Team Fairchild tests base capabilities during emergency management exercise

  • Published
  • By Airman 1st Class Sean Campbell
  • 92nd Air Refueling Wing Public Affairs
Team Fairchild conducted an emergency management exercise to demonstrate the capabilities of the base during an emergency situation Sept. 27.

This exercise involved a simulated overturned tractor trailer that crashed into a building injuring several people and causing a simulated HAZMAT leak on the base.

“Emergency management exercises provide realistic scenarios allowing our Airmen the opportunity to work together as a team, validate multiple-agency processes/procedures as well as identify areas in which we may need additional training,” said Chief Master Sgt. Shannon Rix, 92nd Air Refueling Wing command chief. “The experience gained and lessons learned during exercises better prepares Team Fairchild to respond effectively during an actual real-world emergency.”

According to Master Sgt. Joshua Berger, 92nd Air Refueling Wing inspector general, exercises are important for the base because they allow members to see where improvements should be made on base capabilities. Continuing to do these exercises ensures Fairchild is prepared to handle any real world situations that may occur.

"Participating in the exercise helps medical use the skills that we don’t normally use when working in the clinic,” said Senior Airman Julie Fink, 92nd Medical Operations Squadron aerospace medical technician. “It's great to get hands-on experience when dealing with things we don’t normally see. After finishing with these types of exercises, we can all come together to brief on what happened and what we can do to make operations go smoother in the future. This helps us build a relationship with different squadrons when responding to incidents. We all have different goals to accomplish during an exercise and we all have to work together to get the best outcome possible."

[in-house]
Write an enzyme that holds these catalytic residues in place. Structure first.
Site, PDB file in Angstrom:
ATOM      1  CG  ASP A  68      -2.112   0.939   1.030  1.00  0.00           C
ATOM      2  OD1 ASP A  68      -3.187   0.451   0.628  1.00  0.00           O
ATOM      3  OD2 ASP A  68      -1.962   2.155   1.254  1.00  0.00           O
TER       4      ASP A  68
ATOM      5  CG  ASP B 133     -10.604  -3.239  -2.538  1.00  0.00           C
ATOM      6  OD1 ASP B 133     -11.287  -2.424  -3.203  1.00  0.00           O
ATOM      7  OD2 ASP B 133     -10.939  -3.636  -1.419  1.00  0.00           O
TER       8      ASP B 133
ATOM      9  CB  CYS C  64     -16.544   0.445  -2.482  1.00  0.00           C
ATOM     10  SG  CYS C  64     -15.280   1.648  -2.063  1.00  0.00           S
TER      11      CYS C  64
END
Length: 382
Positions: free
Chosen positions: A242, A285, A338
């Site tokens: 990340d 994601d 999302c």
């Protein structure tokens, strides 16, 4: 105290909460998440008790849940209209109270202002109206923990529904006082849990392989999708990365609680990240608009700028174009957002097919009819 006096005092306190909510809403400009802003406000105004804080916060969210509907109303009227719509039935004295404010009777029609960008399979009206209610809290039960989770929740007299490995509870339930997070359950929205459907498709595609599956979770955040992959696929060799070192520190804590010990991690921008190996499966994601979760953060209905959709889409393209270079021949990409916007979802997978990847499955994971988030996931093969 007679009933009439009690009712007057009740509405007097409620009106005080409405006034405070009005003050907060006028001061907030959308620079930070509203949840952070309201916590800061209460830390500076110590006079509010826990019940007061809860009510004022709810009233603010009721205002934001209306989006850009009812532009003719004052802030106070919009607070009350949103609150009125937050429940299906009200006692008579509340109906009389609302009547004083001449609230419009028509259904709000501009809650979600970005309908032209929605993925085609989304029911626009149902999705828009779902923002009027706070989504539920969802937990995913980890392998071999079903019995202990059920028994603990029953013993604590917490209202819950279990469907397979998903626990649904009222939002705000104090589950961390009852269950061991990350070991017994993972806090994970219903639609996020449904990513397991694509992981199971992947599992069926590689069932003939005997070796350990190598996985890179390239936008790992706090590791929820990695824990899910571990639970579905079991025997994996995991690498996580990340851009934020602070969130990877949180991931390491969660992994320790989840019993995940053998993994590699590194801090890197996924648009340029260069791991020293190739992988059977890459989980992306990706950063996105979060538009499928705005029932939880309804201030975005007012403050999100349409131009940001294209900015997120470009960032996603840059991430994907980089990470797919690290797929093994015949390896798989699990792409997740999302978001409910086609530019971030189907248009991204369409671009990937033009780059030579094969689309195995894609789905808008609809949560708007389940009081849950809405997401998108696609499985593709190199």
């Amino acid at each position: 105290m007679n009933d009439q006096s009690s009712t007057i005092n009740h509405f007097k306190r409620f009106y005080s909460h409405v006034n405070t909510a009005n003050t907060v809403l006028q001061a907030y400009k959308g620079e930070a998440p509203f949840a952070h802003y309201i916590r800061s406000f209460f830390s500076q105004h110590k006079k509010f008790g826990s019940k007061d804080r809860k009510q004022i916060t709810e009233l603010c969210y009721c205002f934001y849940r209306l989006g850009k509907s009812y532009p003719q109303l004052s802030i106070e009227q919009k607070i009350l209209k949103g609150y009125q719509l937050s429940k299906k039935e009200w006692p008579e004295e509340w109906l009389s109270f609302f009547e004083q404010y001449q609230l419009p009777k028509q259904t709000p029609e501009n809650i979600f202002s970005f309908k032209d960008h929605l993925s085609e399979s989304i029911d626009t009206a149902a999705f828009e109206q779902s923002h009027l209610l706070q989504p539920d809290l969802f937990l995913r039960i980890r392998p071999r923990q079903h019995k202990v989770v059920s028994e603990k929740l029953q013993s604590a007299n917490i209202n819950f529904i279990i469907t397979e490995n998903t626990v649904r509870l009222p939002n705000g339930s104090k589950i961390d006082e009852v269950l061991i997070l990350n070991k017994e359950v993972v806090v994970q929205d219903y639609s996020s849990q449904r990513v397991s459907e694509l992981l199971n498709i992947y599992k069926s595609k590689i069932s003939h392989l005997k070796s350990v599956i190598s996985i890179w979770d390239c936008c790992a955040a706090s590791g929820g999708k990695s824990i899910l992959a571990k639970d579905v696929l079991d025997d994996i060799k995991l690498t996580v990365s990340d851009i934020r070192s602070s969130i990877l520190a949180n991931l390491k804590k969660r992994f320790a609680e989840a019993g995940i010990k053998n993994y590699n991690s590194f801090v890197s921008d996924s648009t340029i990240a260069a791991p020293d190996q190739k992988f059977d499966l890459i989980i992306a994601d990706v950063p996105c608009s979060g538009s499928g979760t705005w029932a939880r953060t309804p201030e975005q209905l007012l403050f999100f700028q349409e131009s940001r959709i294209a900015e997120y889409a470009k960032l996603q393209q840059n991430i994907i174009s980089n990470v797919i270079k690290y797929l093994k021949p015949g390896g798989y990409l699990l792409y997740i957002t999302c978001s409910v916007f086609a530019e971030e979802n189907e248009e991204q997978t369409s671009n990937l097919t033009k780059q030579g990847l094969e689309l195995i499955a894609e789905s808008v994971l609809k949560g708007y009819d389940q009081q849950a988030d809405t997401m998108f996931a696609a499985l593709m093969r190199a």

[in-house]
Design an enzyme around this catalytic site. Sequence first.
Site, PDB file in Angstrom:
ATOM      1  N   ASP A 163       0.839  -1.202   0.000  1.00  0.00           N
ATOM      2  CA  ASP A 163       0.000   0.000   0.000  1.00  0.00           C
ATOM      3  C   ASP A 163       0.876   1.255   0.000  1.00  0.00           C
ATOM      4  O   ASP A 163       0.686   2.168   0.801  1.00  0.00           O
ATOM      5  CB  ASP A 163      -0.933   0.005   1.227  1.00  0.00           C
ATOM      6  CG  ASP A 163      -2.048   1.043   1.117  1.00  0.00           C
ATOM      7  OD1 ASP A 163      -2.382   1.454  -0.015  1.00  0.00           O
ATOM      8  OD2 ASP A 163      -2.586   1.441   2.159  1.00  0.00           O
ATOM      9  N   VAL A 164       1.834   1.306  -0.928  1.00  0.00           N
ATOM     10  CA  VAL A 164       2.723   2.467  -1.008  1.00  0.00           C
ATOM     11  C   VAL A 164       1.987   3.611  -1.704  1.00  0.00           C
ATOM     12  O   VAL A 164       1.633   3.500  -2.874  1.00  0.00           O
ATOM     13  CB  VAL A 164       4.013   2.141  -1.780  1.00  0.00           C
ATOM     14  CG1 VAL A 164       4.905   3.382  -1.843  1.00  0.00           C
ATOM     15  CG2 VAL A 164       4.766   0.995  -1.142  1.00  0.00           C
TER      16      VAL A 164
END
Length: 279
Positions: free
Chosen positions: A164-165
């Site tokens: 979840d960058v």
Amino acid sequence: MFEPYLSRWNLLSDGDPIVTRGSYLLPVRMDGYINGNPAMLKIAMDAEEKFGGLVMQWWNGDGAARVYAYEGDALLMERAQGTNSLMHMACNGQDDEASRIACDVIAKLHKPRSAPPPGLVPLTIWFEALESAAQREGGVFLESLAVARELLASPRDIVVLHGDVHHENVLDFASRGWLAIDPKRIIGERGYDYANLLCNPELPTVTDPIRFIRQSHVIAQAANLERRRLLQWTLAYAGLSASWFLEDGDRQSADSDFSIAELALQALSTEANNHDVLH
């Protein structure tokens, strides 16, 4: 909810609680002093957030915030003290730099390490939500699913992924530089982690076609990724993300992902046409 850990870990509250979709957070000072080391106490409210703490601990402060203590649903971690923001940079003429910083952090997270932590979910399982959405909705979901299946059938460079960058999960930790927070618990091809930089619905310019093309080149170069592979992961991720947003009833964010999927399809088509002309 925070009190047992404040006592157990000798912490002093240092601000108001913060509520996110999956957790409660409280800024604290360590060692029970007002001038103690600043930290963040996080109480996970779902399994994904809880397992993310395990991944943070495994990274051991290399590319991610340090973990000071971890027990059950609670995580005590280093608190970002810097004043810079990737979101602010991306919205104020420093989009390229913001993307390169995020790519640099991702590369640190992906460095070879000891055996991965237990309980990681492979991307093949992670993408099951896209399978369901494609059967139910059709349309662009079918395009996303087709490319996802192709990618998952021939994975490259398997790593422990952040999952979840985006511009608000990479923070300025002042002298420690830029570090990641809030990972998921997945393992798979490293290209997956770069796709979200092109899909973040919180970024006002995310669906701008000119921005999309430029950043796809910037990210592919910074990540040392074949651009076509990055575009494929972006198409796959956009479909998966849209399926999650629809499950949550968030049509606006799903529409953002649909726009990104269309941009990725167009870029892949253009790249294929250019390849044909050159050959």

Making the exercises as realistic as possible is a goal of Fairchild’s IGI office. This includes meetings, coordinating between base agencies, script building, developing each part of the exercise and working with subject matter experts throughout the base to ensure that the exercise is as close to a real situation as possible.

Planning involved input from various base units to include both IGI teams from the 92nd Air Refueling Wing and 141st ARW, 18 subject matter experts from diverse job specialties, 30 Wing Inspection Team members and 14 actors from the 92nd ARW and 141st ARW.

“Overall the exercise was a great success,” Berger said . “It showed the areas that we need to improve, any gaps in communication, possible new procedures to institute, how well we find quick solutions on the spot to issues, and last but not least, it also showed just how well we all work together as a team during an incident.”